Does binocular vision affect fine motor ability?

Occupational therapy has been treating fine motor problems since the beginning of the profession. From tying shoes to buttoning to handwriting, when children or adults have difficulty with this, occupational therapy is referred.

Binocular vision?

A small study (1) looked at the fine motor skills of children with reading difficulties and found those with fine motor problems also had binocular vision problems, specifically accommodative problems.  While a small study (19 children), this suggests that vision is playing a role in fine motor coordination.

Another study (2) found that children that were poor readers showed a higher occurrence of binocular vision difficulties and suggested a need for the assessment of these skills in problem readers.

Research also indicates the importance binocular vision and motion perception to development of the motor skills(3) as young a 2 years old.

OT and binocular vision

As therapists, we are seeing children with difficulties that could have a binocular vision component. While a through binocular eye exam should be completed to rule out treatable defects, therapists integrating tracking, saccade and convergence activities could help improve outcomes for their patients. Our background in developmental sequence, kinesiology and assessment of functional ability make therapists the perfect profession to address these deficits. As therapists, we address the motor part of visual motor problems, but basic tracking, eye-hand coordination tasks could help with outcomes by improving the visual aspects of this skill.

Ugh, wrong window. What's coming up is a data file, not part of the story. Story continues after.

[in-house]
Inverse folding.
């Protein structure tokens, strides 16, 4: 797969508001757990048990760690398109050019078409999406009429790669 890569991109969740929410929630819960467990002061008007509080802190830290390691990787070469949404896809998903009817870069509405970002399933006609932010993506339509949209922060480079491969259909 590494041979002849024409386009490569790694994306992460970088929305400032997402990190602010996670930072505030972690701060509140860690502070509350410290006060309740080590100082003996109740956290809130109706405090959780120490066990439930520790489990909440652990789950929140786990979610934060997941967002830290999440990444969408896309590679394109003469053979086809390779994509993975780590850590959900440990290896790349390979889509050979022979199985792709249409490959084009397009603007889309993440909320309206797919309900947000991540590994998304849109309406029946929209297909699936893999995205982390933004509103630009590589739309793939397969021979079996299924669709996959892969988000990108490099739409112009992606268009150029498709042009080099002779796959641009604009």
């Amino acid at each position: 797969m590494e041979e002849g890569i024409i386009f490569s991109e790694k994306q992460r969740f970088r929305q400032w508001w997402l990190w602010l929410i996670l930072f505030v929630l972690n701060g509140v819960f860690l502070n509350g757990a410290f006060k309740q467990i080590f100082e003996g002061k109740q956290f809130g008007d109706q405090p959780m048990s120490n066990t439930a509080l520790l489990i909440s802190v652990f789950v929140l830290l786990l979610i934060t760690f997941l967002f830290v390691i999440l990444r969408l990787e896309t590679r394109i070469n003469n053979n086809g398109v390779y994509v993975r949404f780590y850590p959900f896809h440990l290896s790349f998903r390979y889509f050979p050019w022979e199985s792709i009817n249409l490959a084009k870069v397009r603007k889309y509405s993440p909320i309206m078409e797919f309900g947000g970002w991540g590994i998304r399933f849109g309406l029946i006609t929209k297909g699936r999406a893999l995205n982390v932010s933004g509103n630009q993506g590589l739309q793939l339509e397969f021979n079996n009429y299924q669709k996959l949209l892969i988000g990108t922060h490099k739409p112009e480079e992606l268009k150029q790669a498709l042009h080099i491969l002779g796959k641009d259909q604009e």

The Therapist/OD team

Therapists, both PT and OT, should get the training to feel comfortable integrating these simple tasks into the interventions they already perform. Next, reach out to optometrists in their area. This relationship will be beneficial for both the therapist and optometrist, but mostly, this will help the patient.

 

(1)Niechwiej-Szwedo, E., Alramis, F., & Christian, L. W. (2017, October 27). Association between fine motor skills and binocular visual function in children with reading difficulties. Retrieved November 13, 2017, from https://www.ncbi.nlm.nih.gov/pubmed/29096178

(2)Palomo-Alvarez, C., & Puell, M. C. (2010, June). Binocular function in school children with reading difficulties. Retrieved November 13, 2017, from https://www.ncbi.nlm.nih.gov/pubmed/19960202

(3)Thompson, B., McKinlay, C. J., Chakraborty, A., Anstice, N. S., Jacobs, R. J., Paudel, N., . . . CHYLD, T. E. (2017, September 29). Global motion perception is associated with motor function in 2-year-old children. Retrieved November 13, 2017, from https://www.ncbi.nlm.nih.gov/pubmed/28864240

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Letter Reversals

Letter reversals are frequently an area of concern for parents as their child begins to learn writing and reading. Reversals are often viewed as a sign of dyslexia and are surrounded by myth. Here are the facts on letter reversals

  • Letter reversals are common and appropriate until a child reaches 7 or 8 years old (second grade).
  • After the age of 7-8, the children who continue to have reversals are the children that are having difficulty with reading(1)
  • Learning letters is the first time a child learns that an item becomes a different thing based on the way it is facing. A cup from seen from one side or the other is still a cup but a “b” seen the other way (“d”) is not the same thing.